nly smiled sceptically; for had he not in his possession a dozen such ill-omened jewels?
His Alexandrian emerald had, thousands of years ago, placed a Pharaoh in the bankruptcy court, and only a few weeks before had procured the ill-advised burglar who had tried to steal it ten years' penal servitude. Indeed, so great was Battersby's faith in the malignant influences of this remarkable stone, that he used to let it stray all over the house at its own sweet will, and when he found one of his housemaids wearing it in her Sunday bonnet, only cautioned her mildly that it was a dangerous addition to her native charms . His opals, too, were a particularly unlucky set, for Battersby would not touch an opal that had not killed its man, whilst his black pearl had humbled the proudest house of England to the dust.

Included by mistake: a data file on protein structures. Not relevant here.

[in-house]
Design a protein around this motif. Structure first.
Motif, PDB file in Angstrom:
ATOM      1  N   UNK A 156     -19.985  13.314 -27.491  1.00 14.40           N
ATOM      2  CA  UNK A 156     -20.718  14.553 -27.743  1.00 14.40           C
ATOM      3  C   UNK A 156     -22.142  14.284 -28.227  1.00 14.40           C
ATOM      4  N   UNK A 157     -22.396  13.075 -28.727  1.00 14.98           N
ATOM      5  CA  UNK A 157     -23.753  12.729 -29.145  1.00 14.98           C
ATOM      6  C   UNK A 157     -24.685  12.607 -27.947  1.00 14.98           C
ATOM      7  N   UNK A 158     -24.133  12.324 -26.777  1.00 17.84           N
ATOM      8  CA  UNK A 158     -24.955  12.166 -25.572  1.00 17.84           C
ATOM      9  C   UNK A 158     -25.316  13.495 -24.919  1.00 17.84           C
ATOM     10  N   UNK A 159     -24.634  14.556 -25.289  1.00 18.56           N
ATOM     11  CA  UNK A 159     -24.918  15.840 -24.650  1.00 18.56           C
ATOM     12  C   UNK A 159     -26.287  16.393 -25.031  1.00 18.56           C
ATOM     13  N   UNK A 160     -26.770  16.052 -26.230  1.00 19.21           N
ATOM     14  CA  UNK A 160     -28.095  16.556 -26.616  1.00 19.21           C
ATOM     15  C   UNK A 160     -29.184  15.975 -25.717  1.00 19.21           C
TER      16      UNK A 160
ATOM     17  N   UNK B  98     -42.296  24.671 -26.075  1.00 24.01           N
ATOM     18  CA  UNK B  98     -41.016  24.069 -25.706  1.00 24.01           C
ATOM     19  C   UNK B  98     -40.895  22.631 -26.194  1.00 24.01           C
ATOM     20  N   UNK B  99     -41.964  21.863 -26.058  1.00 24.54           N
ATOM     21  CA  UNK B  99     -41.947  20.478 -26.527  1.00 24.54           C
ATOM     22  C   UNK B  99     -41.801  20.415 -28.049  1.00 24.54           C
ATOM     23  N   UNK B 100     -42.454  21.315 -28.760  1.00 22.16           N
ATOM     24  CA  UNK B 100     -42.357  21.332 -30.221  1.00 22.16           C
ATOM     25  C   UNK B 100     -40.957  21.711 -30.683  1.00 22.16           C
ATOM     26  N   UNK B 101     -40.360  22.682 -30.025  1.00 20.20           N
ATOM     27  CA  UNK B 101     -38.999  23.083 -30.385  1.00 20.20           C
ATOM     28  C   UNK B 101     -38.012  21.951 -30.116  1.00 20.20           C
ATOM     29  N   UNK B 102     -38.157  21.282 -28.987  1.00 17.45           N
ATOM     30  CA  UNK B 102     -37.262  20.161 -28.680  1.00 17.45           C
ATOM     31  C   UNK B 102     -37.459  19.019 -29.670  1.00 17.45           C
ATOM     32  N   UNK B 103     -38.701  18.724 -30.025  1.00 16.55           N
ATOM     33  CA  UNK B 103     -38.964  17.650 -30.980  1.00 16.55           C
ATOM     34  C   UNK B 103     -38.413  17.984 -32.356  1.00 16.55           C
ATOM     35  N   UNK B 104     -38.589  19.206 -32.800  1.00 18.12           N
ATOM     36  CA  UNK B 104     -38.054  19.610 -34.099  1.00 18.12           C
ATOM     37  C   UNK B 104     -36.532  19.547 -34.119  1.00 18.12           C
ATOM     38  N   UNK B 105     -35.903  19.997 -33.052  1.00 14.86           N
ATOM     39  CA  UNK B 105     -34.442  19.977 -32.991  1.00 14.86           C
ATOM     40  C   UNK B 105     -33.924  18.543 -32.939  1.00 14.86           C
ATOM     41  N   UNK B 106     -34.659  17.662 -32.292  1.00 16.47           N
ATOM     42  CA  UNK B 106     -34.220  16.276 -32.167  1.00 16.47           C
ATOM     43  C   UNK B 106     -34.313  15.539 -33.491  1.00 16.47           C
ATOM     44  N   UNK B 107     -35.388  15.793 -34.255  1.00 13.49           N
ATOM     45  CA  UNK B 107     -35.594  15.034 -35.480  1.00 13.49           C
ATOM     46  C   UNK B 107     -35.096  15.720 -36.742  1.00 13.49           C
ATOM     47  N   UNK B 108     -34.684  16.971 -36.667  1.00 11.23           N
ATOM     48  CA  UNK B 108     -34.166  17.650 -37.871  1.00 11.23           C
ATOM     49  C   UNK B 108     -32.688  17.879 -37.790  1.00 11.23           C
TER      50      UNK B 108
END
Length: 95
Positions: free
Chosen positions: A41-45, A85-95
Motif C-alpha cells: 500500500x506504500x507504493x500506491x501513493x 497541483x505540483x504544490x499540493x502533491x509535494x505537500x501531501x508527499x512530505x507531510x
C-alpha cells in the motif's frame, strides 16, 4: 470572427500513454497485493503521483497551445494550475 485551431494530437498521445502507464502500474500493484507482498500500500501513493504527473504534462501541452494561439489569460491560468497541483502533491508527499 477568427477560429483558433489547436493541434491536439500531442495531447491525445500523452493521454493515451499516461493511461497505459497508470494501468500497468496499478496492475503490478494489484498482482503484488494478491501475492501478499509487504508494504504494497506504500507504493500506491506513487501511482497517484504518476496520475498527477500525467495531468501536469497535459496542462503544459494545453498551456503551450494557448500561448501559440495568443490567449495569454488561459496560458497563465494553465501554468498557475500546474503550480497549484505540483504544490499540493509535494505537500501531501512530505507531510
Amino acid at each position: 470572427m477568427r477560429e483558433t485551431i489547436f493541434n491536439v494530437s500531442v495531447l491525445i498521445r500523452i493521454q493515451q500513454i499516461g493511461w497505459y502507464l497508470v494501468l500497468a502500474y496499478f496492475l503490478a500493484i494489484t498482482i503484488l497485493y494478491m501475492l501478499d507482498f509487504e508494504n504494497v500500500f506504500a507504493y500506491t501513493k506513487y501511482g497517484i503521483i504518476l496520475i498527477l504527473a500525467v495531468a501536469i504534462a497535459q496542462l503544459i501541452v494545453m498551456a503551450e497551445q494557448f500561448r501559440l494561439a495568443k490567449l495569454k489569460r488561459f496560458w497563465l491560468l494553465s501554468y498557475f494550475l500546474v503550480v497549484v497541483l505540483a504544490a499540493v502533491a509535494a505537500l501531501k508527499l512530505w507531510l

So you may understand it took a great deal to upset Battersby.